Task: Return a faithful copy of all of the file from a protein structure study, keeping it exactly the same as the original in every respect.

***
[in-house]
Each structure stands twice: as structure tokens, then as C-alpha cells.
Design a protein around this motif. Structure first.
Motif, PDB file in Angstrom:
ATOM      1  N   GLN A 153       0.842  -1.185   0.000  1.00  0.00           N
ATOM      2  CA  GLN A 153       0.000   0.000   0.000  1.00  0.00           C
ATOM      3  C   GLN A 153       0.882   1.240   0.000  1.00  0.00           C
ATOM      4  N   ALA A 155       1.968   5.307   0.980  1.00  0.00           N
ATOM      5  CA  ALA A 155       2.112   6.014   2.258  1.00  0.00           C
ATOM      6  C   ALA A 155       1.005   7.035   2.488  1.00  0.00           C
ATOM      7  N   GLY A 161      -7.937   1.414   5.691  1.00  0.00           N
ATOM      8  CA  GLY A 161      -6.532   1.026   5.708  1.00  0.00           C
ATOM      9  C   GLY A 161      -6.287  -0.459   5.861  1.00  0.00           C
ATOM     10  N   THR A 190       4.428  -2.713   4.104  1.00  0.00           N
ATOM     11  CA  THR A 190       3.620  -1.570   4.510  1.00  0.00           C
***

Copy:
[in-house]
Each structure stands twice: as structure tokens, then as C-alpha cells.
Design a protein around this motif. Structure first.
Motif, PDB file in Angstrom:
ATOM      1  N   GLN A 153       0.842  -1.185   0.000  1.00  0.00           N
ATOM      2  CA  GLN A 153       0.000   0.000   0.000  1.00  0.00           C
ATOM      3  C   GLN A 153       0.882   1.240   0.000  1.00  0.00           C
ATOM      4  N   ALA A 155       1.968   5.307   0.980  1.00  0.00           N
ATOM      5  CA  ALA A 155       2.112   6.014   2.258  1.00  0.00           C
ATOM      6  C   ALA A 155       1.005   7.035   2.488  1.00  0.00           C
ATOM      7  N   GLY A 161      -7.937   1.414   5.691  1.00  0.00           N
ATOM      8  CA  GLY A 161      -6.532   1.026   5.708  1.00  0.00           C
ATOM      9  C   GLY A 161      -6.287  -0.459   5.861  1.00  0.00           C
ATOM     10  N   THR A 190       4.428  -2.713   4.104  1.00  0.00           N
ATOM     11  CA  THR A 190       3.620  -1.570   4.510  1.00  0.00           C